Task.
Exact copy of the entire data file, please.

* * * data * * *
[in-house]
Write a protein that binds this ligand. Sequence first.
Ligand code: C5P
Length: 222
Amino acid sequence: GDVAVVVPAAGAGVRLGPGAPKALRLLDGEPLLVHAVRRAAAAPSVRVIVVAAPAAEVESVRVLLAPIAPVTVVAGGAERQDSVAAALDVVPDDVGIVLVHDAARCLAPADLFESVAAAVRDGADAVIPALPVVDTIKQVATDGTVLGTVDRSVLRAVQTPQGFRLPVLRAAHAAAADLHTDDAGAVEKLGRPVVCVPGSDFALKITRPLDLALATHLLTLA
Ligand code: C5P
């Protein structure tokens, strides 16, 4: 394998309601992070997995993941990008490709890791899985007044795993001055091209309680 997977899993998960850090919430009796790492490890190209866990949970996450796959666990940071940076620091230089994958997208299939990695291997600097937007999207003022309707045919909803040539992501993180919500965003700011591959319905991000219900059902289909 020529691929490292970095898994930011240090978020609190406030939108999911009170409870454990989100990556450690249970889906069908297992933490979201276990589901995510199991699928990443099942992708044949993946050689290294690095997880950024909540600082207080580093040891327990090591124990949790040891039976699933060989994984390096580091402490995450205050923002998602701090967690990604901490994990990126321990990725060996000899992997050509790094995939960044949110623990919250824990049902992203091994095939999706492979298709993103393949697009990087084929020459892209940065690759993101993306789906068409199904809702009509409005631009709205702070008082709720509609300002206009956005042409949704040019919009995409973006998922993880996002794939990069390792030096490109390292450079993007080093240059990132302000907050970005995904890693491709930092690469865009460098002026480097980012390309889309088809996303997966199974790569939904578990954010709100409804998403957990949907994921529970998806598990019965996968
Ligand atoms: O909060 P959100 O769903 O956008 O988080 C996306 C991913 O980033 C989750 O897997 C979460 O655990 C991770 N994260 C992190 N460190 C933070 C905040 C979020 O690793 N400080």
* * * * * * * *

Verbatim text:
[in-house]
Write a protein that binds this ligand. Sequence first.
Ligand code: C5P
Length: 222
Amino acid sequence: GDVAVVVPAAGAGVRLGPGAPKALRLLDGEPLLVHAVRRAAAAPSVRVIVVAAPAAEVESVRVLLAPIAPVTVVAGGAERQDSVAAALDVVPDDVGIVLVHDAARCLAPADLFESVAAAVRDGADAVIPALPVVDTIKQVATDGTVLGTVDRSVLRAVQTPQGFRLPVLRAAHAAAADLHTDDAGAVEKLGRPVVCVPGSDFALKITRPLDLALATHLLTLA
Ligand code: C5P
């Protein structure tokens, strides 16, 4: 394998309601992070997995993941990008490709890791899985007044795993001055091209309680 997977899993998960850090919430009796790492490890190209866990949970996450796959666990940071940076620091230089994958997208299939990695291997600097937007999207003022309707045919909803040539992501993180919500965003700011591959319905991000219900059902289909 020529691929490292970095898994930011240090978020609190406030939108999911009170409870454990989100990556450690249970889906069908297992933490979201276990589901995510199991699928990443099942992708044949993946050689290294690095997880950024909540600082207080580093040891327990090591124990949790040891039976699933060989994984390096580091402490995450205050923002998602701090967690990604901490994990990126321990990725060996000899992997050509790094995939960044949110623990919250824990049902992203091994095939999706492979298709993103393949697009990087084929020459892209940065690759993101993306789906068409199904809702009509409005631009709205702070008082709720509609300002206009956005042409949704040019919009995409973006998922993880996002794939990069390792030096490109390292450079993007080093240059990132302000907050970005995904890693491709930092690469865009460098002026480097980012390309889309088809996303997966199974790569939904578990954010709100409804998403957990949907994921529970998806598990019965996968
Ligand atoms: O909060 P959100 O769903 O956008 O988080 C996306 C991913 O980033 C989750 O897997 C979460 O655990 C991770 N994260 C992190 N460190 C933070 C905040 C979020 O690793 N400080």